Every few months, I make the rounds of favorite used bookstores and my local Value Village just to see what out-of-print treasures catch my eye. My favorites are old Regency romances--often witty drawing room comedies, sometimes history-rich stories of the Napoleonic War battlefields and homefront, and, unfortunately, a rare breed in today's publishing market.
For my first read of 2007, I took up a recent thrift store Regency find, A Kind of Honor (Joan Wolf, 1980), which turned out to be a very unusual romance for any year. It's a bit dark, and it's full of specific historical detail. I'm not normally fond of spy plots, but this one I could get behind because it felt so believable--the villain wanted to pass Wellington's plans for the 1813 campaign to Napoleon, and since those plans involved something of a trick play (Wellington apparently being in a mood to be the Boise State of generals that year), discovery really would've been disastrous for the British war effort.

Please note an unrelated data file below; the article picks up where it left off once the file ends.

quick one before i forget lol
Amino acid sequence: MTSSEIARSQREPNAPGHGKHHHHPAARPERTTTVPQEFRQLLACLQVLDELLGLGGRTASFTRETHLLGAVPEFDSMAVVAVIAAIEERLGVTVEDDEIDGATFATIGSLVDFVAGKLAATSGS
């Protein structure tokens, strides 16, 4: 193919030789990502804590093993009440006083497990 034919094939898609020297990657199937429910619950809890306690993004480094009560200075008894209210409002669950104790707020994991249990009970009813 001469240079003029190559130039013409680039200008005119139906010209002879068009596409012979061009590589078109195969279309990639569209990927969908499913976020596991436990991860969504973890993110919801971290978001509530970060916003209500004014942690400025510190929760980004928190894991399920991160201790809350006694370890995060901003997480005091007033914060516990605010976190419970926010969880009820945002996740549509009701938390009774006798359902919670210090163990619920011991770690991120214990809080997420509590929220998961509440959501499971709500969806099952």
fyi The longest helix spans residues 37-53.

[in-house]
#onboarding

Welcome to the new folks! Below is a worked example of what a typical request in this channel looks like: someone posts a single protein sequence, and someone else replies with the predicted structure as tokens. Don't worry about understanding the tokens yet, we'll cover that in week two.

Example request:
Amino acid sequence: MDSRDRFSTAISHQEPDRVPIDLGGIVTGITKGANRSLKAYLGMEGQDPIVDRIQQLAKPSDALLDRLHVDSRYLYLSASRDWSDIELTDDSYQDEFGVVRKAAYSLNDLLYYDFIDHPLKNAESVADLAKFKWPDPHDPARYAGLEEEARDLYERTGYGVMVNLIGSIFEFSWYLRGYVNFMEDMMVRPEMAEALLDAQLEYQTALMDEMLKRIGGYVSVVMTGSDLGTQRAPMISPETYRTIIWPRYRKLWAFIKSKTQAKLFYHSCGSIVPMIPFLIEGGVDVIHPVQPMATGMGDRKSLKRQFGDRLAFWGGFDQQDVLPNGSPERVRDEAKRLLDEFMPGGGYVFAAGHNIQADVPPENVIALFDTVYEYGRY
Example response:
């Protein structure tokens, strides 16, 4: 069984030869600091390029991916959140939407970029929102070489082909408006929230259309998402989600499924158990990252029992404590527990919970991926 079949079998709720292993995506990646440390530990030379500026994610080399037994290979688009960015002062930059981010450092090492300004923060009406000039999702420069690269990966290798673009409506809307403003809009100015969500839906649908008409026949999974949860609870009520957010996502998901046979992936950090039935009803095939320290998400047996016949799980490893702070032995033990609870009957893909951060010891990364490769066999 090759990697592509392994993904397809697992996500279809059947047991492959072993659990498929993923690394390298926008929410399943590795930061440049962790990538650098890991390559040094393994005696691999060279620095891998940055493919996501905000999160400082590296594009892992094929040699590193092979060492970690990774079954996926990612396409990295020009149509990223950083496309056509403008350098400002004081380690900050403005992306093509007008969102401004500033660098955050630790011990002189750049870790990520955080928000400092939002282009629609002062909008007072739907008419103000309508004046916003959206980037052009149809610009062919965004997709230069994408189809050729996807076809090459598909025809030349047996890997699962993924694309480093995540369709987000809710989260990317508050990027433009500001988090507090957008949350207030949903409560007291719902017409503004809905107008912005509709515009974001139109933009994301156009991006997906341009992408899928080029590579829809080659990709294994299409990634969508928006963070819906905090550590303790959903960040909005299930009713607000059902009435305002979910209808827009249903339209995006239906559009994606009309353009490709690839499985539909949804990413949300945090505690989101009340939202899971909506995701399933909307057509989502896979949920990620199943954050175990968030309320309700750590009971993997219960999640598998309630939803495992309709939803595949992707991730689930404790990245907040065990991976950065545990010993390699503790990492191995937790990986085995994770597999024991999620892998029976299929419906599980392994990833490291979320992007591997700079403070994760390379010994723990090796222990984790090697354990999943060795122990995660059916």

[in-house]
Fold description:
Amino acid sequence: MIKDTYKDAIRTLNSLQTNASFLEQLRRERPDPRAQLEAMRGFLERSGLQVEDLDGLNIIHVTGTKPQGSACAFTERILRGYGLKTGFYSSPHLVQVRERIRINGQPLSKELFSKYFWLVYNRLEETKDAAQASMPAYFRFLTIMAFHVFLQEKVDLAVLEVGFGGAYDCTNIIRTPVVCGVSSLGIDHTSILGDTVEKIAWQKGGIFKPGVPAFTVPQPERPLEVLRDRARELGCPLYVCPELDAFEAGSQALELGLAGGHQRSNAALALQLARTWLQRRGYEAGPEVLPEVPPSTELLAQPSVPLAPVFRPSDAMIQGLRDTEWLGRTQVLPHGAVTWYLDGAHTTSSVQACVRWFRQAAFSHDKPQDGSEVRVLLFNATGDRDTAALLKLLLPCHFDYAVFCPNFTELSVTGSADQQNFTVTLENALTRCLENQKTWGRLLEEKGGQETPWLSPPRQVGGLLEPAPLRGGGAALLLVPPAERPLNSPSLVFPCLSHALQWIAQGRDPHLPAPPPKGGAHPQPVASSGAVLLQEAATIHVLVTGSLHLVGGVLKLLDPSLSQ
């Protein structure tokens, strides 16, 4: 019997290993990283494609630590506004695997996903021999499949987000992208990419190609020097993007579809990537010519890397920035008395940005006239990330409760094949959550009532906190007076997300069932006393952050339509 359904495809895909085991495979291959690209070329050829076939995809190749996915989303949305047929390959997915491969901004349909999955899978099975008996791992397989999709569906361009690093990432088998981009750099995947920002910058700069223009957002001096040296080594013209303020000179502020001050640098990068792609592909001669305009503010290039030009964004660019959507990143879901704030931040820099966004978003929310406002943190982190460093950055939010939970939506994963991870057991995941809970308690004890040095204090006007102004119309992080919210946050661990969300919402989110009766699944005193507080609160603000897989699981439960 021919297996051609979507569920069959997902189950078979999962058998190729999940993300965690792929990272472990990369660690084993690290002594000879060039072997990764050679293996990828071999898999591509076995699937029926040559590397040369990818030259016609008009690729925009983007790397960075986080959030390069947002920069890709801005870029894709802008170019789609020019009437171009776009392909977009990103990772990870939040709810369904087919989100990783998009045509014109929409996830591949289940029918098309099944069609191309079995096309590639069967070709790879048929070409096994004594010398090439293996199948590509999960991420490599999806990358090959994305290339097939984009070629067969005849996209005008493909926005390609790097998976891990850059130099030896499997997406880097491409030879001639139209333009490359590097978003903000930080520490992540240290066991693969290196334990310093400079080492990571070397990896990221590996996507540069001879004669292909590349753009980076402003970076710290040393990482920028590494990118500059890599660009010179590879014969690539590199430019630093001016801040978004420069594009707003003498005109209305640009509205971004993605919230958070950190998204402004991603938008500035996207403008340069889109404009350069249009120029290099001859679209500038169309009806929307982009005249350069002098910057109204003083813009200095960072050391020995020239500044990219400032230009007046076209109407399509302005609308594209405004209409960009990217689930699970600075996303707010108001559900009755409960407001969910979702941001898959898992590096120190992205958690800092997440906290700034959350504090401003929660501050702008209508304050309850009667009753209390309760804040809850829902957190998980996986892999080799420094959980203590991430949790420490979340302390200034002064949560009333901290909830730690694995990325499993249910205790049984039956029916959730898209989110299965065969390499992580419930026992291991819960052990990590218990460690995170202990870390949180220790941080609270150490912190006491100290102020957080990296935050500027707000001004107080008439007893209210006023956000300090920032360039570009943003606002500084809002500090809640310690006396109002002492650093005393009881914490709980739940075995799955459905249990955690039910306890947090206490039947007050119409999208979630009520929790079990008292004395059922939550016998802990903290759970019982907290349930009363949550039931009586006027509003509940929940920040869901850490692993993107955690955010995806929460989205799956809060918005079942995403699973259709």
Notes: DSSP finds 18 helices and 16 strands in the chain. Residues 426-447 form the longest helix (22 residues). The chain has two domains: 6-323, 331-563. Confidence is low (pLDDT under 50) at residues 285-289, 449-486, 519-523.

But what really made this book different is that the heroine is the villain's wife. IOW, it's an adultery story, which is an automatic no for many readers. I'm certainly not a fan of infidelity, but women trapped in loveless marriages with men who turn out to be traitors get a bit of a pass from me, at least in books! And it works for this story, IMHO, because it makes it angsty, dark, and unpredictable.